New Google Doodle Celebrates Indian Self-Rule Advocate Annie Besant’s 168th Birthday
Besant made her mark as a social and political trailblazer
Thursday’s Google Doodle on google.in honors what would have been Annie Besant’s 168th birthday.
The Doodle drawn by Lydia Nichols depicts the celebrated advocate, born on Oct. 1, 1847, sitting in a chair holding a copy of New India. The Indian newspaper, which Besant bought in 1914, was where she published many of her calls for India’s independence, IBN reports.
Even before moving to India, British-born Besant made her mark as a social and political trailblazer, fighting for women’s rights and religious freedom in the U.K.
After her husband, clergyman Frank Besant, left her for her vocal critiquesof Christianity, she began the National Reformer, a newspaper in which she advocated for birth control and social change in the U.K. She then converted to theosophism, a belief system that incorporates aspects of Buddhism and Brahmanism.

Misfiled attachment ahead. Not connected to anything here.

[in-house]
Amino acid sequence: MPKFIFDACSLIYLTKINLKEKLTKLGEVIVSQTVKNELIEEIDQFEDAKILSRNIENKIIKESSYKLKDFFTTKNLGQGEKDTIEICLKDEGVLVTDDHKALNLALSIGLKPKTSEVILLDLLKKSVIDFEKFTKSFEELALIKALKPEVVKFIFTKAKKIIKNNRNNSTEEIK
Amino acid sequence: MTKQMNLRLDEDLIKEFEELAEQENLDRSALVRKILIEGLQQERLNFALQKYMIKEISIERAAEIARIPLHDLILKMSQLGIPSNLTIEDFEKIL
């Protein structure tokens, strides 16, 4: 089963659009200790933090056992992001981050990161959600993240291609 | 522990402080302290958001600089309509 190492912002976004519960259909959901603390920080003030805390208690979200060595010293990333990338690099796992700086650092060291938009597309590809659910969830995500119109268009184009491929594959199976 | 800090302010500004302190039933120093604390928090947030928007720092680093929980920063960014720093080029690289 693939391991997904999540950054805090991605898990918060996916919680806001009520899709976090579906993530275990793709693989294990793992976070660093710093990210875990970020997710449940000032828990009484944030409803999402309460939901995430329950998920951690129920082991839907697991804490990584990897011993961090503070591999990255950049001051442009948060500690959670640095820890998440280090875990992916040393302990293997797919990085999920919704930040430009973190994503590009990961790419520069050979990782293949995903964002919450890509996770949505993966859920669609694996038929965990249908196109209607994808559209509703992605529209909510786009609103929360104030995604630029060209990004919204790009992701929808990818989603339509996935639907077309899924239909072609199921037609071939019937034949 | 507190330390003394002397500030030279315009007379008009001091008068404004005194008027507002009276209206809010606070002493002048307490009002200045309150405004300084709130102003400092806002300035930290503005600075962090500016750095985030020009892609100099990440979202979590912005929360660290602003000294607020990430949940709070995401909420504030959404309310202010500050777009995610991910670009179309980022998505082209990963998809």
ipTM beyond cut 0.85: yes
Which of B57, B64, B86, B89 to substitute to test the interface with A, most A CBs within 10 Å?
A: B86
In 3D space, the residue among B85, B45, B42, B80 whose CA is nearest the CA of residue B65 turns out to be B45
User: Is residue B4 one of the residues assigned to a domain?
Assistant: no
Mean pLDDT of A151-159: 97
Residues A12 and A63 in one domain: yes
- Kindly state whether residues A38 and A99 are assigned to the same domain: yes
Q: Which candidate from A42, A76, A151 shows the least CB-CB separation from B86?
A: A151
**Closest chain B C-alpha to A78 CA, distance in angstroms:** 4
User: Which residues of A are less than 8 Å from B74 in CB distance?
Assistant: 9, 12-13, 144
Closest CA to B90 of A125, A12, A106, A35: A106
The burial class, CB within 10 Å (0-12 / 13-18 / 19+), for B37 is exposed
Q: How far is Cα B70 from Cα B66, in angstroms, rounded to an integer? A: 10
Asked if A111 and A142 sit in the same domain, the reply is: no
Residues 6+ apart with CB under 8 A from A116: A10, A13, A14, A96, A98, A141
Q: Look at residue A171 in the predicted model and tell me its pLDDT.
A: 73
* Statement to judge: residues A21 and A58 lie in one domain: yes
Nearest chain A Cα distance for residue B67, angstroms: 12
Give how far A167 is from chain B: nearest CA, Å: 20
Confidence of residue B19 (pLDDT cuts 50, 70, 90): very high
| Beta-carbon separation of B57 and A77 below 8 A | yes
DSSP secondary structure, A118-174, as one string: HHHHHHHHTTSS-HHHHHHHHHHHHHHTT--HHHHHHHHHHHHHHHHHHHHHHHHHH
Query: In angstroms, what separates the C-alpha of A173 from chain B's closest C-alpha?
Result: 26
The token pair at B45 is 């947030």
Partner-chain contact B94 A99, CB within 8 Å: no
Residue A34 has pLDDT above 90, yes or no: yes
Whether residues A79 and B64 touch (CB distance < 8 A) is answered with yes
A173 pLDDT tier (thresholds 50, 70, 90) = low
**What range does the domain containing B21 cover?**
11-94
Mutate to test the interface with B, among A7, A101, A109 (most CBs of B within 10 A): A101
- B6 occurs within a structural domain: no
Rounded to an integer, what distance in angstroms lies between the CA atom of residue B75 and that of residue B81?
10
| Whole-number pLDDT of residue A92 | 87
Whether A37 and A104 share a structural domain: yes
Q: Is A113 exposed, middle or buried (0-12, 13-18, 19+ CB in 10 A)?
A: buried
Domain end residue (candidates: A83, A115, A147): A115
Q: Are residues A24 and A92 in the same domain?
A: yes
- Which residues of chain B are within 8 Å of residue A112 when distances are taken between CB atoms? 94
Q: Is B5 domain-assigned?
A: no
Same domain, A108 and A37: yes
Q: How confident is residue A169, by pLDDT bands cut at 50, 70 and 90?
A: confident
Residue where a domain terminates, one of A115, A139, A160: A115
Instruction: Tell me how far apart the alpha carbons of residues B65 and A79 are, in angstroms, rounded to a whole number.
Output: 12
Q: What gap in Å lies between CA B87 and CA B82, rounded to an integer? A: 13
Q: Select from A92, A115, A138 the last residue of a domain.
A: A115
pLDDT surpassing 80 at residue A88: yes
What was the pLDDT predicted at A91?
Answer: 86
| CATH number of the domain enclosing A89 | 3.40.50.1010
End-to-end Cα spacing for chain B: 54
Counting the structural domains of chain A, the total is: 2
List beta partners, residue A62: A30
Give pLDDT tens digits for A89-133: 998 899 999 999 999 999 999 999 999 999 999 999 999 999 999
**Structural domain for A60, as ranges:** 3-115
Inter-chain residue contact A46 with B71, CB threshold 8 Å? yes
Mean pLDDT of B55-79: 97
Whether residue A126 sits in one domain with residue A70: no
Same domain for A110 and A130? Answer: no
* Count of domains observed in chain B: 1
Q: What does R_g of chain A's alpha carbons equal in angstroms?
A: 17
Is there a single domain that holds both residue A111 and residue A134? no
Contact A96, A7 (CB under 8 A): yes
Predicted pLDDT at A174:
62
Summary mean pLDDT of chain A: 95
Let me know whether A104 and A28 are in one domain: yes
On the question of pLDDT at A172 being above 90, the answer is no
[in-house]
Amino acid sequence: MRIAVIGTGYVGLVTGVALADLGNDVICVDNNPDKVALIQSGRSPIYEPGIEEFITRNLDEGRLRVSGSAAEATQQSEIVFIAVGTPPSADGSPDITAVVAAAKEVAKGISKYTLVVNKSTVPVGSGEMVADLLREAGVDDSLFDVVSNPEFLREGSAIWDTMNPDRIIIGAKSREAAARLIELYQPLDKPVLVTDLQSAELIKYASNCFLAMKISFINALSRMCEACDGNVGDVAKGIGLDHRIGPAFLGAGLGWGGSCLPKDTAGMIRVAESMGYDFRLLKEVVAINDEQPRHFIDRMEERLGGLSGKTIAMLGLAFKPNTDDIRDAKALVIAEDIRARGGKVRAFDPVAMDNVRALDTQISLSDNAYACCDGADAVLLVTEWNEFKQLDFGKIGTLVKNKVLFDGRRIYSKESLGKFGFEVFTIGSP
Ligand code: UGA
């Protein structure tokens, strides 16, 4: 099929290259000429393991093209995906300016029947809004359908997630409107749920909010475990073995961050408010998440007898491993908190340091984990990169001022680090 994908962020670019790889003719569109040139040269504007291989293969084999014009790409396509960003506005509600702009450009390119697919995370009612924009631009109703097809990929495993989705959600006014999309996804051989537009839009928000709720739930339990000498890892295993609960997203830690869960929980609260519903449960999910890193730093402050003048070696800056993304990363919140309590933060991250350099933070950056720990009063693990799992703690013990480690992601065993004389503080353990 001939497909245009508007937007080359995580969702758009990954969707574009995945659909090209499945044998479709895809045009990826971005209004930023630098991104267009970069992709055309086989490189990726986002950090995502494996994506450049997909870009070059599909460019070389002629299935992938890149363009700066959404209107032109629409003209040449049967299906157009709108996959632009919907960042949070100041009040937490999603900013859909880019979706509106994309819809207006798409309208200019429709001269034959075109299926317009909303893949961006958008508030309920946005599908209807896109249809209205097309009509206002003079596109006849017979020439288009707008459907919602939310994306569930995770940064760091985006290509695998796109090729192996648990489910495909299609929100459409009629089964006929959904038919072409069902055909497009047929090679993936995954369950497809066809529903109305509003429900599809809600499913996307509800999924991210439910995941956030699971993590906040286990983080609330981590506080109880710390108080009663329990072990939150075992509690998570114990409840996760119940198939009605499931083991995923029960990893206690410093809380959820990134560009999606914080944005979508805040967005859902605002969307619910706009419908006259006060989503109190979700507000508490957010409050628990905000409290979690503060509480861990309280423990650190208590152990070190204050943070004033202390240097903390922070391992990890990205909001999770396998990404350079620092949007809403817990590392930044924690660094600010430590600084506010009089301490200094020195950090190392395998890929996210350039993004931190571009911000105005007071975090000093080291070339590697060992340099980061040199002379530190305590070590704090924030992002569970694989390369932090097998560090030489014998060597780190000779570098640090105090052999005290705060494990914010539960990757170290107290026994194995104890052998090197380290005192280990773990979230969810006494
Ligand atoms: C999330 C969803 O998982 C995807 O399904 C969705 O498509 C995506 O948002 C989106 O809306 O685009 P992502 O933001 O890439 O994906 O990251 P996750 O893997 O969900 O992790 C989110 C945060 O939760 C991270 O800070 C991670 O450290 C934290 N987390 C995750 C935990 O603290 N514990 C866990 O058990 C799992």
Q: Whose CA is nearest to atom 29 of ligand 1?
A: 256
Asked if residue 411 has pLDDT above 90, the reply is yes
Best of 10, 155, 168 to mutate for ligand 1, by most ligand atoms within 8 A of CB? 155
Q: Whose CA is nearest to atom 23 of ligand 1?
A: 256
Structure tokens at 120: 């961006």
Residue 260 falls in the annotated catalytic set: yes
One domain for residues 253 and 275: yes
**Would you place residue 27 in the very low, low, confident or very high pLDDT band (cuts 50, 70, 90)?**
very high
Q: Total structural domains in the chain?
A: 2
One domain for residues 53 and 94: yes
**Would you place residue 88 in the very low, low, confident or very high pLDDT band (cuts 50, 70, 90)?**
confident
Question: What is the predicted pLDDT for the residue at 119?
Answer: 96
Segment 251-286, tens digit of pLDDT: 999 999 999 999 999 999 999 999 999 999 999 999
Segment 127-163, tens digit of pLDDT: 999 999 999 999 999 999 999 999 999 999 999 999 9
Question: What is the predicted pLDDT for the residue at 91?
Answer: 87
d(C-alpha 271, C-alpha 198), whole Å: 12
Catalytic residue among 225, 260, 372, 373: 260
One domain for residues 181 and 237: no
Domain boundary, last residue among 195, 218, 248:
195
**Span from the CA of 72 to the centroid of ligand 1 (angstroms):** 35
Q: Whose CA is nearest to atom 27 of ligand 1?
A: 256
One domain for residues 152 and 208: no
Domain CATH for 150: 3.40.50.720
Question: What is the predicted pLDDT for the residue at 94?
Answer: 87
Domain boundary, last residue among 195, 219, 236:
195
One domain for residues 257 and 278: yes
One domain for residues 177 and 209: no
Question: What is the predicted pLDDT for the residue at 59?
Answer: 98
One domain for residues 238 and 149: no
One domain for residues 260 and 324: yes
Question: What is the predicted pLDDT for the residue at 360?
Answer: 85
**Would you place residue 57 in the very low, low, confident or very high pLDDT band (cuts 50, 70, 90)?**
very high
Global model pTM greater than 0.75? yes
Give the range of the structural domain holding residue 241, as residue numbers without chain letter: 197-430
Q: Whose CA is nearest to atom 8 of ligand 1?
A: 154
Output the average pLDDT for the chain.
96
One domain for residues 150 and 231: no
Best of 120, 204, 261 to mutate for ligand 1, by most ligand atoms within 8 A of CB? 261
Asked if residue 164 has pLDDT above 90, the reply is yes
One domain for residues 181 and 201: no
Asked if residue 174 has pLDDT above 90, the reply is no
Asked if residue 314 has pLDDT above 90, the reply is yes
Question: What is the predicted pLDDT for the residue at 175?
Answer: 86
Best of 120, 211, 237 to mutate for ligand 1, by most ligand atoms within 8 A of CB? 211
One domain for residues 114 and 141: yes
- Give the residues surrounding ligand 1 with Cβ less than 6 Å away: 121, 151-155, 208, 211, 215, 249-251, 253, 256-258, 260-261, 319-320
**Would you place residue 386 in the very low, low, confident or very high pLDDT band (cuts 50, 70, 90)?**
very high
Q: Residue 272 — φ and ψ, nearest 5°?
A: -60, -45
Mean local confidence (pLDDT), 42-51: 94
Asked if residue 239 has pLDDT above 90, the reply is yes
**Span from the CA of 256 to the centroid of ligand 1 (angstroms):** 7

Her religious interests brought her to India in 1893, where she attended the Annual Convention of the Theosophical Society in Madras, according toIBN. Only five years later, she founded the Central Hindu School, where she drafted a curriculum that combined secular education and Hindu tenets.
As in the U.K., she quickly gained political influence in her adopted country. In New India, she frequently advocated for self-determination, then know as “Home Rule.” She was then chosen to lead the Calcutta session of the Indian National Congress, India’s most storied political party, in 1917.
Before passing away in 1933, Besant made sure that her epitaph read “She tried to follow Truth,” to reflect her many advocacy efforts, IBN reports.